Subpart R vs Subpart M Question (1)(a): Scenario: A commercial roofing contractor is engaged in a re-roofing job. In the course of removing the weatherproofing material, the contractor discovers that some of the metal roof decking has deteriorated, and that a 6' X 6' section has to be replaced. Is this replacement work covered under Part 1926 Subpart R? Answer Under §1926.750(a), Subpart R is not limited to new construction - it also applies to steel erection activities in alteration and repair work. Section 1926.750(b)(1) contains a list of activities that are covered by Subpart R, including "installing metal decking." Since §1926.750(a) states that steel erection activities done during repair are covered by Subpart R, the reverse of the decking installation process - removal - is also covered under §1926.750(b)(1).
Subpart R vs Subpart M Question (1)(c): Assume that the roof is between 15 feet and 30 feet high. Can the employer use a Controlled Decking Zone as a substitute for conventional fall protection for the employees engaged in removing the bad decking? Answer No. Section 1926.760(c) states that: "a controlled decking zone may be established in that area of the structure over 15 and up to 30 feet above a lower level where metal decking is initially being installed and forms the leading edge of a work area..." [Emphasis added] The controlled decking zone option was designed specifically for the initial installation of metal decking. The removal of deteriorated decking involves hazards that are not addressed in the controlled decking zone provision (for example, the fall hazards encountered when cutting decking and/or removing welds or fasteners). Therefore, the controlled decking zone exception does not apply to this deck removal work; conventional fall protection must be used.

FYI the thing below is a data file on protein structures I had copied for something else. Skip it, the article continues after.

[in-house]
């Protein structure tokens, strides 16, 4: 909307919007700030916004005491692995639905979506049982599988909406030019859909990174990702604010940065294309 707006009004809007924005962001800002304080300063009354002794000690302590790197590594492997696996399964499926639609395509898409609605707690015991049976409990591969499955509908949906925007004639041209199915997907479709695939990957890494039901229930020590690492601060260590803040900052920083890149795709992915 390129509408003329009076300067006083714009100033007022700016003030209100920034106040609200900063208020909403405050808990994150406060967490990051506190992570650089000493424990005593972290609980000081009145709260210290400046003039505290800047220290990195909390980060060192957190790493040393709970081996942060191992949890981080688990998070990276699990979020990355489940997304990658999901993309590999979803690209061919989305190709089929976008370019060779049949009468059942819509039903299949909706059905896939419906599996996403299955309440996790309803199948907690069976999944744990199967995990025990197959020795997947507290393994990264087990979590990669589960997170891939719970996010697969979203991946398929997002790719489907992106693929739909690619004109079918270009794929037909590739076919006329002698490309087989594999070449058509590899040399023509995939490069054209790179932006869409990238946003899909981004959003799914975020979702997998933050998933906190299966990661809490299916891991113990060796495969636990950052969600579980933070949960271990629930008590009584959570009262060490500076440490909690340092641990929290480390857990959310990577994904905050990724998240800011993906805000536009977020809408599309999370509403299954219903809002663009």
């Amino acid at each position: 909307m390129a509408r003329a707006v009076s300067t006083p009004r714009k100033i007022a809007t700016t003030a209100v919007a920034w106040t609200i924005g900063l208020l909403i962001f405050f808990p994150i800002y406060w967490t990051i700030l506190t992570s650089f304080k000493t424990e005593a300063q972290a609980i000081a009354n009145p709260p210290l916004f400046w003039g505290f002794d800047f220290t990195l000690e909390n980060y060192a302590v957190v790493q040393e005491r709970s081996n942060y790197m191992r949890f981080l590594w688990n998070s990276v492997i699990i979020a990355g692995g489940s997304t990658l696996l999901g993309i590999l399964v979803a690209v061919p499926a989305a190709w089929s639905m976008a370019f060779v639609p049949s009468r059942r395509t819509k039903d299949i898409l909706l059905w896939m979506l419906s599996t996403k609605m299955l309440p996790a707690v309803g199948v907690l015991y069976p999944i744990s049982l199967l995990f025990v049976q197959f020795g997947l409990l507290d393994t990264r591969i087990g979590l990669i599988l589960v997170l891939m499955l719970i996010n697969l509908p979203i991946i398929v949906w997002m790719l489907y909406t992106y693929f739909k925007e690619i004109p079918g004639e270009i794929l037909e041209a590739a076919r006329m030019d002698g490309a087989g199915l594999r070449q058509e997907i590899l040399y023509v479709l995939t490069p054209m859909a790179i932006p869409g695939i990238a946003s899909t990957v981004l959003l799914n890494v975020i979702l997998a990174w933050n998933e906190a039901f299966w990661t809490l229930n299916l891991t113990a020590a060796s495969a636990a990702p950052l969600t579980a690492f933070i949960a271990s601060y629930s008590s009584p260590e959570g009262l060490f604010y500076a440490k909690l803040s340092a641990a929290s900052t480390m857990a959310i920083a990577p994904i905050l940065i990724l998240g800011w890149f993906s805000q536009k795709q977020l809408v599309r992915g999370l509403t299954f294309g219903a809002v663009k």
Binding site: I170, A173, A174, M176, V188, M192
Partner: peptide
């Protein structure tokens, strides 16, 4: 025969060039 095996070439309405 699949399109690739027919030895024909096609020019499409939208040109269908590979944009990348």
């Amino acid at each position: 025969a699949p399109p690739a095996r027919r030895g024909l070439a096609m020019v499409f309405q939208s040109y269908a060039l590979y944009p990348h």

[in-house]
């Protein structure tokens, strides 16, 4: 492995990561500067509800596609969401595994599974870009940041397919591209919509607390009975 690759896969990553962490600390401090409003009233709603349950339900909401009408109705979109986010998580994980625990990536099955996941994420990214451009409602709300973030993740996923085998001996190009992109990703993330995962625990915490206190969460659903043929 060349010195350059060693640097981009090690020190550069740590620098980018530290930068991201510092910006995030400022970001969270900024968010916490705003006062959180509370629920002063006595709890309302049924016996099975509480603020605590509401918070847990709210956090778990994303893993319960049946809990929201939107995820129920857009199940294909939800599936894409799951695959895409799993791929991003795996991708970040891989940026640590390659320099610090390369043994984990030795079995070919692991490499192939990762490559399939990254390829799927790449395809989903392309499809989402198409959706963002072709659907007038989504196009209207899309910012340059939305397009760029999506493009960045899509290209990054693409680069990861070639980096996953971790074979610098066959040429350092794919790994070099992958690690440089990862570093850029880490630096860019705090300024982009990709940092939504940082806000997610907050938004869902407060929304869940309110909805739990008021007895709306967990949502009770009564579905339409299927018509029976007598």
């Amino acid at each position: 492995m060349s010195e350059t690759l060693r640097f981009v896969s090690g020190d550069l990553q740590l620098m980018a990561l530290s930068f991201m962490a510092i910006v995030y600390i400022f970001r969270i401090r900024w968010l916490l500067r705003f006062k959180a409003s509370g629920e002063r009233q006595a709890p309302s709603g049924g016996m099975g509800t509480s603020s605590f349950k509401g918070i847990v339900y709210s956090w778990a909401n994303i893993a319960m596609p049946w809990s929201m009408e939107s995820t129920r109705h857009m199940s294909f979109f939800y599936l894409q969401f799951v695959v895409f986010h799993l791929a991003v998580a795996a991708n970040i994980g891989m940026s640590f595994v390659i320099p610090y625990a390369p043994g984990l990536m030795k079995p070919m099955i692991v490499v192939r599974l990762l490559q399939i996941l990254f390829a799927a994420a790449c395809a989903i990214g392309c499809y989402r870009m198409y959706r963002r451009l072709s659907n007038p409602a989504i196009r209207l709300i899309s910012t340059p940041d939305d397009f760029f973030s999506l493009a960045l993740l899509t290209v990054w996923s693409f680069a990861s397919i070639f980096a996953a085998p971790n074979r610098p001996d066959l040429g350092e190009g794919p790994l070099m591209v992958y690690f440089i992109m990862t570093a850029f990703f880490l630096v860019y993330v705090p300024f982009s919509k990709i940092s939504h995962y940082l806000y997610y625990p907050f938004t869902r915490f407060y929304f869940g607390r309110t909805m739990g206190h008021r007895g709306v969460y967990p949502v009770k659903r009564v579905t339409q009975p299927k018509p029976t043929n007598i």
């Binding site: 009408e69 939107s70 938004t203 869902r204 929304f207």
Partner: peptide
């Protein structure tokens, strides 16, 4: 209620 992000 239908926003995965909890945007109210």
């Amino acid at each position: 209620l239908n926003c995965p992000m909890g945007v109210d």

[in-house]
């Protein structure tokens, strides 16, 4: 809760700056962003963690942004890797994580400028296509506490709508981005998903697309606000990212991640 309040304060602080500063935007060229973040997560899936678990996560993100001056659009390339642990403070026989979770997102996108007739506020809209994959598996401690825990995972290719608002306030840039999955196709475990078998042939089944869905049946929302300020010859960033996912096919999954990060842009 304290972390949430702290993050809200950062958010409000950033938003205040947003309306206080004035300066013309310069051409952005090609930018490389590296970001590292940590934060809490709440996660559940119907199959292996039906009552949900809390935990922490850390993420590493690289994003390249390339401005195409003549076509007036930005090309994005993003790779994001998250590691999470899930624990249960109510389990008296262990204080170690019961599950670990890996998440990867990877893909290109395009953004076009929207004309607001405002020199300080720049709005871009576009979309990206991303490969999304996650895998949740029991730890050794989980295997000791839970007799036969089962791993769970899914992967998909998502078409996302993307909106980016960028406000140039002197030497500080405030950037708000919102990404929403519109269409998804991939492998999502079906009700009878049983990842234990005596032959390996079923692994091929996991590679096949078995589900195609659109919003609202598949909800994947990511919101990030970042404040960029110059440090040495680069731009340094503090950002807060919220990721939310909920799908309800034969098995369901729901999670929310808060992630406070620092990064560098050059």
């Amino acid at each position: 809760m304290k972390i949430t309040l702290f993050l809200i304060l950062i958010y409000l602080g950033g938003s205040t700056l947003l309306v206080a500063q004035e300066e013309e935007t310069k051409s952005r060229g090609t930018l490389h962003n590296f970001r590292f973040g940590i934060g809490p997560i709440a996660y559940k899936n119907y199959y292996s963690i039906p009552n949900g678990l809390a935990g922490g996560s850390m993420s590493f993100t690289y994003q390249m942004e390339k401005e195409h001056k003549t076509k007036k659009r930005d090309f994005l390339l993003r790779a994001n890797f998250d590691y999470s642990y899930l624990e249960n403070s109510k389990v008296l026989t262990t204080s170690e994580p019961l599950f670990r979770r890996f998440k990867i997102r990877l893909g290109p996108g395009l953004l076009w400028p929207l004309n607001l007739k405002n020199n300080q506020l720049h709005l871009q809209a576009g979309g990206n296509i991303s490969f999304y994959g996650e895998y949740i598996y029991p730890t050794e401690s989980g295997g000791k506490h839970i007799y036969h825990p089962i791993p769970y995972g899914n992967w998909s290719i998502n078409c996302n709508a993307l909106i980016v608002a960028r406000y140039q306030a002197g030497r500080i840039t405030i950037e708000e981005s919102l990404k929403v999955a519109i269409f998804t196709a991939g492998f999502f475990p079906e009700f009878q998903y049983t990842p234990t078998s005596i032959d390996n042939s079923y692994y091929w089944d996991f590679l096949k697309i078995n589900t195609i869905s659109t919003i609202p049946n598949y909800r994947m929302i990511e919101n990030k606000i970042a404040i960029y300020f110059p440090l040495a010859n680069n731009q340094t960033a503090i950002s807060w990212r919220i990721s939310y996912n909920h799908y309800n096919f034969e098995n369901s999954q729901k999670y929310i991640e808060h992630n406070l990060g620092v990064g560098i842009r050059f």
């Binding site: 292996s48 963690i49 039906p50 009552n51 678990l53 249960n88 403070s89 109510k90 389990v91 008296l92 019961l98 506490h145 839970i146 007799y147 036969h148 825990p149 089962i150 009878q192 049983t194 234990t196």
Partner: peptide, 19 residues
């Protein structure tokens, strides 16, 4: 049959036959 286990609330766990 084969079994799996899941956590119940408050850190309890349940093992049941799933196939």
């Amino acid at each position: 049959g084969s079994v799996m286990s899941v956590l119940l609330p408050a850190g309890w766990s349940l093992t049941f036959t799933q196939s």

Types of Roof Decking Corrugated Metal Wood Gypsum Tectum
Employees identified wet gypsum decking material
100% tie off utilized while working at edge and around roof opening
Decking Go-Over Sistering Sheets –Depends on flutes –Primarily B-decking Stainless Steel Plates –2 x 2 –3 x 3 –Etc.
Eliminate the Fall – Interior Scaffolding
Eliminate the Fall – Netting Systems
Fall Protection Options Corrugated Metal / Wood –Roof Anchors –Fall Protection Carts –Horizontal Lifelines Gypsum / Tectum –Fall Protection Carts –Toggle bolt 2x 10 – attach roof anchor –Fasten roof anchor to steel support beams –Feed choker cable through deck and around steel support beams Uses: Removing or installing coping Tear-off and installation of leading edge Removal and replacement of in-field roof deck Installing or dismantling edge guardrail systems Working around roof openings Removing or installing covers or skylights Snow removal
Safe Work Practices Hazard Identification –Flag off suspicious section of decking –Transfer marks / measurements from interior inspection Sequence scope of work Maintaining a solid working surface Have replacement sheets pre-cut / ready to be in installed immediately Plywood laid out to provide solid working surface.
Safe Work Practices Communicate with primary contact Conduct electrical inspection – Lock out power supply Have dedicated inside rover to monitor work location Flag off areas below deck replacement
Summary Conduct a comprehensive evaluation of the roof deck to ensure it will support the men and materials. Perform the deck replacement with a small crew before major tear off when feasible. Develop a fall protection plan: Is tie-off enough or will the area require netting? Protect areas on the roof and inside the building from unauthorized access. Never leave an open section of decking.